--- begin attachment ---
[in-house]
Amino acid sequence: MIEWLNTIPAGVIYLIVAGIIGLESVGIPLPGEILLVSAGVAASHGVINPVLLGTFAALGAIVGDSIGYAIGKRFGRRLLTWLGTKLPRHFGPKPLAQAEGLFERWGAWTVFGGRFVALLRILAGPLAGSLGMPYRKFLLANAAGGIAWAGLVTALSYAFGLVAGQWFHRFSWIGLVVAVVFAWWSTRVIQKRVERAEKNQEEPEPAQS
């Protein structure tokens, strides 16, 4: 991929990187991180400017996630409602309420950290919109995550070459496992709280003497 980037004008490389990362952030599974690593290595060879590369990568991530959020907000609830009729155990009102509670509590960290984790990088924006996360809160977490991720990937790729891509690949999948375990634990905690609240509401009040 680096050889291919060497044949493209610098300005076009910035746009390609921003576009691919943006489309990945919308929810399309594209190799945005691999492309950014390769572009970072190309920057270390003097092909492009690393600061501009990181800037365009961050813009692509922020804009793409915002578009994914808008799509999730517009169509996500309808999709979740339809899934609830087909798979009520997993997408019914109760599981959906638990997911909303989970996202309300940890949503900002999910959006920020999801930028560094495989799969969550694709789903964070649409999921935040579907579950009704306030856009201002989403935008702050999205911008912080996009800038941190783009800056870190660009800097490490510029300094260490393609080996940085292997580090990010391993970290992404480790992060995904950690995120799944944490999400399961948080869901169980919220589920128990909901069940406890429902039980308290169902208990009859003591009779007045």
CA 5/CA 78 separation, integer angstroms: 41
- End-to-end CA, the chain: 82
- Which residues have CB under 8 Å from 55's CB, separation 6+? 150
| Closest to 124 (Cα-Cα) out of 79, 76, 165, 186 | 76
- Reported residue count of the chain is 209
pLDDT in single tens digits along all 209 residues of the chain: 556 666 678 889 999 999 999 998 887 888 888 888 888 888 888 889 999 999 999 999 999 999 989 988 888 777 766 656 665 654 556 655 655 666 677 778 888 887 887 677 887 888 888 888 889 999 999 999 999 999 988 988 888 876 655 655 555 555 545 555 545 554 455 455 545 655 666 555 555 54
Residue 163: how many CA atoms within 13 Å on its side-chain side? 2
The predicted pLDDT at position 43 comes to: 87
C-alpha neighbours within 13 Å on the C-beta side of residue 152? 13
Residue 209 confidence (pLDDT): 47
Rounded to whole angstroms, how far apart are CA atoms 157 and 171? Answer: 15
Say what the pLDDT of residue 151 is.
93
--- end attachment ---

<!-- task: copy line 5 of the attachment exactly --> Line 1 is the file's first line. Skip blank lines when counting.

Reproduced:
- End-to-end CA, the chain: 82